Violence And Greed Are Two Themes That Run Rampant Through All Of Huckleberry Finn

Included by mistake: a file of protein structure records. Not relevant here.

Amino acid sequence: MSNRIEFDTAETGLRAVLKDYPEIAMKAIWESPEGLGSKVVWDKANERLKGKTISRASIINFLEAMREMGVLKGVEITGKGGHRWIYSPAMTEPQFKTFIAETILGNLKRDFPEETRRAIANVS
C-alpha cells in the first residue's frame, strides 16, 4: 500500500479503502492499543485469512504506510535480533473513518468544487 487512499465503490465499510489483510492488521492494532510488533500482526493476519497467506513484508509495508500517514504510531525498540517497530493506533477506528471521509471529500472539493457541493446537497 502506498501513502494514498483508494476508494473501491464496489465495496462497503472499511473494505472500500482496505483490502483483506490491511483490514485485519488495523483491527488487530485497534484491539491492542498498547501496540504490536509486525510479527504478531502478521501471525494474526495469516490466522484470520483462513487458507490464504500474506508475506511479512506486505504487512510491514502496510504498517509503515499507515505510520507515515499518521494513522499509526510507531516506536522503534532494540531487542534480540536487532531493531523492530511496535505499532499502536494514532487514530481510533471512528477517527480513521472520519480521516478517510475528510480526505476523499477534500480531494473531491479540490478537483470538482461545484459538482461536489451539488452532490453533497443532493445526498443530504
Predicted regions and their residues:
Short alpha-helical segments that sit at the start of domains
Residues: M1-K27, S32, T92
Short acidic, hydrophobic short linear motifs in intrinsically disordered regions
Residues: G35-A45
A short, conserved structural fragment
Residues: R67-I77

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Michelle Callahan November 5, 2014 ENGL-2328 6001 8W2 Violence and greed are two themes that run rampant through all of Huckleberry Finn, driving the story along. Just when you begin to think things have calmed down, something else happens to bring the themes back into the picture and shatter the false sense of peace achieved by the slow float down the river. The characters are impelled to continue living dangerously, despite the many other options available to them, to try and improve their station in life. The violence and greed both come in early on, and it 's no surprise that the two are wrapped up together in a profound way. Huck 's dad, Pap, comes back into the picture, and the readers quickly find out that Huck has been abused many times in the past. Huck recalls how his father hasn 't been seen in a year and Huck was just fine with that as Pap “used to always whale [Huck] when he was sober and could get his hands on [Huck]” and Huck would have to hide out in the woods to get away from his father (Twain 113). This skill ends up serving Huck well later, when he has to hide from many other men who are representations of his father. Pap comes out of hiding, only because he heard that his son had come into a large sum of money and he wants it for his own. He tells Huck that he “hain 't heard nothing but about [Huck] bein ' rich. [Pap] heard about it away down the river too. That 's why [he] come,” back to town. Pap wants the money so badly, that

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